Yes, there are obvious issues with implementing voluntary euthanasia, there are balances to be made between respecting people’s wishes and ensuring those wishes aren’t manipulated or coerced. But that doesn’t change the fact that, besides killing a person, the push for voluntary euthanasia / assisted suicide comes from giving a shit about what those people want.
Blunt time again: maybe some of the spokespeople for palliative care should be a little bit cautious. Because with more posters like that one around, they might just start coming off like people with control issues and a Munchausen’s-by-proxy-esque fetish for glamorizing themselves through other people’s suffering.
Of course, there are many people who choose to go into palliative care, who decide that that is the way they want to live out their last days. Good for them.
Andrea Vance has an article on Stuff about the Forbidden subjects in New Zealand politics – euthanasia, gay adoption, and abortion rights.
These are three issues where I truly feel change is inevitable. We will have voluntary euthanasia, we will allow loving, committed couples who just happen to have similar sets of junk to adopt and raise kids, and we will, as god is my witness etc, have legal, safe, accessible abortion on demand in this damn country.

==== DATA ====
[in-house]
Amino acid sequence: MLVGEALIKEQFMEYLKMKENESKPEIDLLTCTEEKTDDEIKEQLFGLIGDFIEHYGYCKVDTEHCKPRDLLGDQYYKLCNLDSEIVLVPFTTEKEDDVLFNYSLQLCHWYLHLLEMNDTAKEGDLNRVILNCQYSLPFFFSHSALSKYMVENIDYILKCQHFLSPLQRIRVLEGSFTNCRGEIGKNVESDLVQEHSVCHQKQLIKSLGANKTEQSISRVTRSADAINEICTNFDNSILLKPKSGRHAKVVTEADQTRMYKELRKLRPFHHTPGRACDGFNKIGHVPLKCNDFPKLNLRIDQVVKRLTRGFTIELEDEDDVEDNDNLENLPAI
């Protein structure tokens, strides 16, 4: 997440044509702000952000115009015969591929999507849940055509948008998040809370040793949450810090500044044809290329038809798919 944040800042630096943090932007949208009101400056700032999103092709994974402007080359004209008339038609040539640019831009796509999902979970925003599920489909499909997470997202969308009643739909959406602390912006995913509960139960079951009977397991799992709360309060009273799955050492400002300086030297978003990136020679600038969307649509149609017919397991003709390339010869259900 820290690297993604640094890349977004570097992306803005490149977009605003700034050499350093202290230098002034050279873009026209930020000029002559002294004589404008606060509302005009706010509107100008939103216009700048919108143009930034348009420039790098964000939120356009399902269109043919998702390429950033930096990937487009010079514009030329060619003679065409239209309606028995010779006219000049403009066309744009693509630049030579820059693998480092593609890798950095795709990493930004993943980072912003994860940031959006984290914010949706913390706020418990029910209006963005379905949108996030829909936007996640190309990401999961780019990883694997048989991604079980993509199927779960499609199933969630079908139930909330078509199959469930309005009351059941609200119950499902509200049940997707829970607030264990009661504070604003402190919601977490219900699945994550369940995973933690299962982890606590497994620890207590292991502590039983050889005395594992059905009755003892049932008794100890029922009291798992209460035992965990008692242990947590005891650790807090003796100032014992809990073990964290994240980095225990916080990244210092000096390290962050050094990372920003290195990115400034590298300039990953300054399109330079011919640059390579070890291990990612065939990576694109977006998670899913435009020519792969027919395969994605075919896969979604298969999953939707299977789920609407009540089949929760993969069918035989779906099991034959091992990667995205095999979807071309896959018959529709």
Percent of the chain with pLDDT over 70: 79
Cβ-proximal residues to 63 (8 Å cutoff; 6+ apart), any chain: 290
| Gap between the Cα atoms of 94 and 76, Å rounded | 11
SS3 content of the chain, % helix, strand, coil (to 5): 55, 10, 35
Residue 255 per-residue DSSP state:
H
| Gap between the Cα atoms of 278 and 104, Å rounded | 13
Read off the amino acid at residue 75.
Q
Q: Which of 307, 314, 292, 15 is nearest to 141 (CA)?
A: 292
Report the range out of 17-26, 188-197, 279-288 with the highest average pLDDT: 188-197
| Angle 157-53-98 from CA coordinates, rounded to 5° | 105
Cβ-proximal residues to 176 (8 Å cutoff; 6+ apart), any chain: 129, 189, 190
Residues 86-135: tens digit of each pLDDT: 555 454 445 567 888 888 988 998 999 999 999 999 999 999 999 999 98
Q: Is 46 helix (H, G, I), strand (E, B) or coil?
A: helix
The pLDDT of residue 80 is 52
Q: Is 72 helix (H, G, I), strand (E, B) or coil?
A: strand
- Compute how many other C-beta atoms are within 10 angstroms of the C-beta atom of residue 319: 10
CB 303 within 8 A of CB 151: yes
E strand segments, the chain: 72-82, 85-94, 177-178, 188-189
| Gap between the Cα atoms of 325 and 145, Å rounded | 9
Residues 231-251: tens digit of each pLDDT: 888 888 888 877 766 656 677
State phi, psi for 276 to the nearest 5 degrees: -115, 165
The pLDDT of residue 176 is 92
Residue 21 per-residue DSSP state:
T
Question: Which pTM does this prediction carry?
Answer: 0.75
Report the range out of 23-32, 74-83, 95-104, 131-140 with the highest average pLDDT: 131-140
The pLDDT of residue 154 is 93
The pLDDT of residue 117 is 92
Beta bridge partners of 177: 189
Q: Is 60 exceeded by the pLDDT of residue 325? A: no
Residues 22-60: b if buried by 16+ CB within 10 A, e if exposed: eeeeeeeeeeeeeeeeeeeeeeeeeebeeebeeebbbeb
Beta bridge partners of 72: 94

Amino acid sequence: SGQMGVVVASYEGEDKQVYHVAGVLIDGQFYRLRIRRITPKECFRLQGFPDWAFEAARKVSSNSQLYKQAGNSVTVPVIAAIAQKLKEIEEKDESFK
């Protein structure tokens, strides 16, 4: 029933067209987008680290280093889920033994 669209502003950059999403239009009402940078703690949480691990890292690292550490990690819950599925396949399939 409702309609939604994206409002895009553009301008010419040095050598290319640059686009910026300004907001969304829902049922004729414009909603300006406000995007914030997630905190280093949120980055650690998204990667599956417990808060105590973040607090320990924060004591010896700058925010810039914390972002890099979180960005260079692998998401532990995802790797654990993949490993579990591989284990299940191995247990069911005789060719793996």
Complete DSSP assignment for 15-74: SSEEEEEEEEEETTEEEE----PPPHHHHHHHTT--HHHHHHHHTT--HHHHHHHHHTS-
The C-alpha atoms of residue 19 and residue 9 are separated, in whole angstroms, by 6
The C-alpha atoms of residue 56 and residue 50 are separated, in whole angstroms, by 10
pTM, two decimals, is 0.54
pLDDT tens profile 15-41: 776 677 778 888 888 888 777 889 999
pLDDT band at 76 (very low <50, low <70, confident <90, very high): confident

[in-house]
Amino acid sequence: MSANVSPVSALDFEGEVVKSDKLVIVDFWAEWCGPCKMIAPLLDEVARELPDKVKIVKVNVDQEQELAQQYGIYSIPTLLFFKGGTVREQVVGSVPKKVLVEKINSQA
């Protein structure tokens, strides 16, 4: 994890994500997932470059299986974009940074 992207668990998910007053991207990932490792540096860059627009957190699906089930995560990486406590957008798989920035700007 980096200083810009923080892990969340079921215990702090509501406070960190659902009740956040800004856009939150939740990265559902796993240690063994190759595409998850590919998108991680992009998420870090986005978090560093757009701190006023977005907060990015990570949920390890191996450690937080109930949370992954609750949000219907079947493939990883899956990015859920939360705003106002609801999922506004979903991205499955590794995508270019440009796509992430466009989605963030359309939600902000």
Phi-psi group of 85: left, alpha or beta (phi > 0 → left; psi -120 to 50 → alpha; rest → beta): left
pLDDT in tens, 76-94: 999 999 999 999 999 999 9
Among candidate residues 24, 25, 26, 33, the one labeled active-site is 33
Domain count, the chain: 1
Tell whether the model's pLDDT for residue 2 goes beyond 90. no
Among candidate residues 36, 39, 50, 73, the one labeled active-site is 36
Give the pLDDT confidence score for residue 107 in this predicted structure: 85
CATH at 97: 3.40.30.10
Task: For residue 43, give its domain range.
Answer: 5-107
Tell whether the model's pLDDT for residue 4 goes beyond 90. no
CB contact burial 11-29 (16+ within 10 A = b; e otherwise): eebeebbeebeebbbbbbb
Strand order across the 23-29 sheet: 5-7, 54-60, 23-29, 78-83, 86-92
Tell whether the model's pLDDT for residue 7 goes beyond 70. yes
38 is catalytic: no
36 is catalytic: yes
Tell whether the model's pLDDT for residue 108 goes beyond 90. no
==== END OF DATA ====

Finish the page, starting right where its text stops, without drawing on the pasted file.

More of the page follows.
And I know that one day, I’m going to have to explain to my children or grandchildren that yes, Grandma Ranty can still remember when male political leaders got to dodge debates about pregnant people’s basic rights by shrugging and saying “Oh, I haven’t given it much thought.”
But right now, all I can do for those in Parliament who want to ignore these issues because Bob McCoskrie’s penis might get angry at them is remind them of this:
It gets worse.
|The Daily Show with Jon Stewart||Mon – Thurs 11p / 10c|
|It Gets Worse PSA|
NRT reports that “death with dignity” / assisted suicide / voluntary euthanasia is back on the cards in Parliament.
If you’ve spent five minutes on this blog you’ll probably have picked up that I am rabidly prochoice, and that my prochoiceness rests on an unshakeable belief in the right to bodily autonomy. Unlike your standard anti-choice but pro-war/pro-death penalty US fundy (it’d be a strawman argument if I hadn’t met so many) I have some honest-to-goodness consistency in my beliefs. And I firmly believe that people have the right to choose when they die. The fact that we even have to argue this in the face of the usual terminal illness/degenerative disease exemplars, when people want to go out on their own terms and as themselves and not fade away unconscious or unthinking or unable to live with any kind of meaning …
Yeah, suffice it to say I’m in favour.
And so’s this man, who’s far more intelligent and eloquent than me, so if you won’t listen to me you might like to listen to him.